Personally, I don’t fear this. There is nothing we do that is more important than providing services to our MH/DS population. If we have to raise taxes a bit to do so, I am OK with that. Yes, the State screwed counties for 15+ years. They probably will again. But we still need to provide services.

         Like all my peers, I have spent years stating that I’d raise taxes for this purpose if given the opportunity. I don’t need political cover. I don’t need to blame anybody. I am willing to raise taxes for the people that need it. Let’s just get this done.

         So, that is where the MH/DS system sits today. Please let me know if you have any questions!

*Mental Health Update
         So here we are. After 4 or more years of lobbying, the Iowa Legislature actually passed a Bill (SF504) that allows Johnson County to raise our levy rate.

         In one way, the timing could not be better. If nothing had changed, Johnson County would be unable to meet our financial obligations to people with disabilities. This situation would have occurred about a year from now, in the 4th quarter of FY18.

         In another way, the timing could not be worse. The county budget was turned in to the state in early March. The process is over. If we go back and add the necessary funds (about $1.5 million) to MH/DS, taxes will be higher than we than the totals we just reported.

         To be honest, I did not think the Legislature would pass anything. They had failed to do anything for four straight years. It required GOP votes, and they have been unwilling to do anything that would raise any tax at any time for any purpose. Luckily, several legislators (including our own Joe Bolkcom) helped craft a plan that kept the total amount of taxes levied statewide the same, while allowing individual counties to raise their levies. And guess what? It passed!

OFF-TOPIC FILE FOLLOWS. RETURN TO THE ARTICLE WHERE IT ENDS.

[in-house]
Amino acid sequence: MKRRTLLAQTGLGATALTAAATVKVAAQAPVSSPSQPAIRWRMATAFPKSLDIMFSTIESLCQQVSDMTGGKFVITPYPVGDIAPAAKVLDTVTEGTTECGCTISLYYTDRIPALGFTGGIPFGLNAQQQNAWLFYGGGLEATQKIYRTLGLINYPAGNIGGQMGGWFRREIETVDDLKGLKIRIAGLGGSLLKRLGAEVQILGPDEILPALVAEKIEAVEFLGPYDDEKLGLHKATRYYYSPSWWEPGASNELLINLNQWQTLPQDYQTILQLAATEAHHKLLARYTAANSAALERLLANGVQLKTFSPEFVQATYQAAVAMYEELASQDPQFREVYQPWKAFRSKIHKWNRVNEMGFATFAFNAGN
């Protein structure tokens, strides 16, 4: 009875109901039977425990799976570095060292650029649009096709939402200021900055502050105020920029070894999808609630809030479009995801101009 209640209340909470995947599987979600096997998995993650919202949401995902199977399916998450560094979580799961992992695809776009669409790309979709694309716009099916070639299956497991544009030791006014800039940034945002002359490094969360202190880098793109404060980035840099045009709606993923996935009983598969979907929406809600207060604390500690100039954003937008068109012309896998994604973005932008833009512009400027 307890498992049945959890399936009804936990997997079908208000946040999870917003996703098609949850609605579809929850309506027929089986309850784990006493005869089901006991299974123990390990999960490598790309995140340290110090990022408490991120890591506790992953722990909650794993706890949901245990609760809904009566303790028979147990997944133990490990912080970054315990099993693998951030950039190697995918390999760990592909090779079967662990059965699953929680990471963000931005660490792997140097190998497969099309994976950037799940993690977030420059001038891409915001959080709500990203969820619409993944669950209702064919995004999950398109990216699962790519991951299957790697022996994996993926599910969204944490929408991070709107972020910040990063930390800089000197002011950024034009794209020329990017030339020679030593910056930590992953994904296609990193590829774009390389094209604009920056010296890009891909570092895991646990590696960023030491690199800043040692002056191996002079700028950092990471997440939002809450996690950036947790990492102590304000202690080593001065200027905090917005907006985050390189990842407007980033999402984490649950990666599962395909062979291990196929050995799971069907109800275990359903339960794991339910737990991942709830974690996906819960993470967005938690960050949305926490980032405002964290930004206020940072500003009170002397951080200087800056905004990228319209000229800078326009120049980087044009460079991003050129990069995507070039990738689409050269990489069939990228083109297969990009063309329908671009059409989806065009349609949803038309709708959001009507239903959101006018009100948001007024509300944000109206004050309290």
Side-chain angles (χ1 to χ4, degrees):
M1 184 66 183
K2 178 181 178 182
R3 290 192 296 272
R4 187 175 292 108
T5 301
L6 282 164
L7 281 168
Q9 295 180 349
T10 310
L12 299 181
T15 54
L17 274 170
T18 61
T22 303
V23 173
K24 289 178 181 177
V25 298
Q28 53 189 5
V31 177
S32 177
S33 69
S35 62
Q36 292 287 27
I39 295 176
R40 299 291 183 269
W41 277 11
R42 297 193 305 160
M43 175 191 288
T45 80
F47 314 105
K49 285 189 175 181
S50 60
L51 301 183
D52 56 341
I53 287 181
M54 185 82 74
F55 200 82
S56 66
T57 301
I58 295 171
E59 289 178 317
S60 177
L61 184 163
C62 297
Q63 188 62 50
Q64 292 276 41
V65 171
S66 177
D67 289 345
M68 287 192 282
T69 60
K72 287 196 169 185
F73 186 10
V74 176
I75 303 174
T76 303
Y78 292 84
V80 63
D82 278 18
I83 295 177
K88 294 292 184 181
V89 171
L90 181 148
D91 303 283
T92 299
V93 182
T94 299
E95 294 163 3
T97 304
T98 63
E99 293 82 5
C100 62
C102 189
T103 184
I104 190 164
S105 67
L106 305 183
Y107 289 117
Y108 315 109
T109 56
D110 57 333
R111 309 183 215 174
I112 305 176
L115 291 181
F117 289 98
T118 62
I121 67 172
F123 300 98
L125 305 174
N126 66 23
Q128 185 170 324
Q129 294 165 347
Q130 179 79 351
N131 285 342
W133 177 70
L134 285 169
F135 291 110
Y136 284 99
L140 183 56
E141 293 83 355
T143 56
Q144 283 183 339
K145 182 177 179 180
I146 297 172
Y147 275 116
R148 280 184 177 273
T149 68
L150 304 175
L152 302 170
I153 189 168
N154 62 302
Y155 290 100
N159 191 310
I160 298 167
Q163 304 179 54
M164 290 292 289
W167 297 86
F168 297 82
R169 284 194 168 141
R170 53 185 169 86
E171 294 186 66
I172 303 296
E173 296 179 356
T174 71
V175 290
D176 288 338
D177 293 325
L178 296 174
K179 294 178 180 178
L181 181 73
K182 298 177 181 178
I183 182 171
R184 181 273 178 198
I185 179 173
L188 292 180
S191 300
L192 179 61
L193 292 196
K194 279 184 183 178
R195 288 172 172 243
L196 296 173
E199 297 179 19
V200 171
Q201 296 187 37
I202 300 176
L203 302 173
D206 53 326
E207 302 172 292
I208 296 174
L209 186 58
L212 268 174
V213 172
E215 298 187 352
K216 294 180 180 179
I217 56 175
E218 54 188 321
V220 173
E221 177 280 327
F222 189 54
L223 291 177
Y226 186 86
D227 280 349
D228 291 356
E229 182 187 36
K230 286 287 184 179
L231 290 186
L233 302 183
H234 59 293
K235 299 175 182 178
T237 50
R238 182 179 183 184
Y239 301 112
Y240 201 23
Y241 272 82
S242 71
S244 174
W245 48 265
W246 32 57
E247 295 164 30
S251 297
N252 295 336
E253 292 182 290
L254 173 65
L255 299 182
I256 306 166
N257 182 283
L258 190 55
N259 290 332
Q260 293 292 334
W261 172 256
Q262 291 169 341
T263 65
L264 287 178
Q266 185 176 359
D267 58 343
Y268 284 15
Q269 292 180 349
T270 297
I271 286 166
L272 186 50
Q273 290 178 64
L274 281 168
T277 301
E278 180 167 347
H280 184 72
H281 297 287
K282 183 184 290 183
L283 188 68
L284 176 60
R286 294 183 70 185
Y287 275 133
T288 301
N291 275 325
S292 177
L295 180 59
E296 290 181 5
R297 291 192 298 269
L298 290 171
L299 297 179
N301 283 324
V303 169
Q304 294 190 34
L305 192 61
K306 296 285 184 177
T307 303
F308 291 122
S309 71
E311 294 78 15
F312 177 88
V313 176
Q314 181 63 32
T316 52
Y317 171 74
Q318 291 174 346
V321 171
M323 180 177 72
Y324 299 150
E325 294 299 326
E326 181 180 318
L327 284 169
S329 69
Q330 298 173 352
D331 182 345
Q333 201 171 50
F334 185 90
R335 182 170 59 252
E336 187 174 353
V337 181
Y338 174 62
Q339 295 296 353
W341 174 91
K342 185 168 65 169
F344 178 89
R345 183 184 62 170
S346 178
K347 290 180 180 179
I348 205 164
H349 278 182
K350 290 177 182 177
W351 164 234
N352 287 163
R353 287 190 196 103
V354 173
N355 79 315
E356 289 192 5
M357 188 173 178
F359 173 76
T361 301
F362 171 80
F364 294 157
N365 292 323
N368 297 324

SF504 gave counties that want to raise their levies 30 days from the date the bill was signed to reopen their budgets and pass new levies. That means it must be completed by June 4.

         I had originally hoped that perhaps we could wait on the budget, see what happens in FY18, then fix it all in FY19. Unfortunately, the State says this option is not available to us. The options we do have?

1.   Reopen the budget, raise the MH/DS levy, and be done.
People will see their taxes go up, but it is for a very good cause, and Johnson County will be paying its’ fair share.

2.   Reopen the budget, raise the MH/DS levy, make other cuts.
Taxes would not go up, but other things already approved in the budget will be cut. I spoke to many people at the recent NAMI Walk, and no one wanted to see MH/DS scapegoated as the cause for cuts to the Sheriff, County Attorney, SEATS, food banks, etc.

3.   A combination of options 1&2.
Taxes will go up some, but we will drop the amount the County keeps in reserve to fund the rest. Then we “pay ourselves back” over a few years.

4.   Do nothing.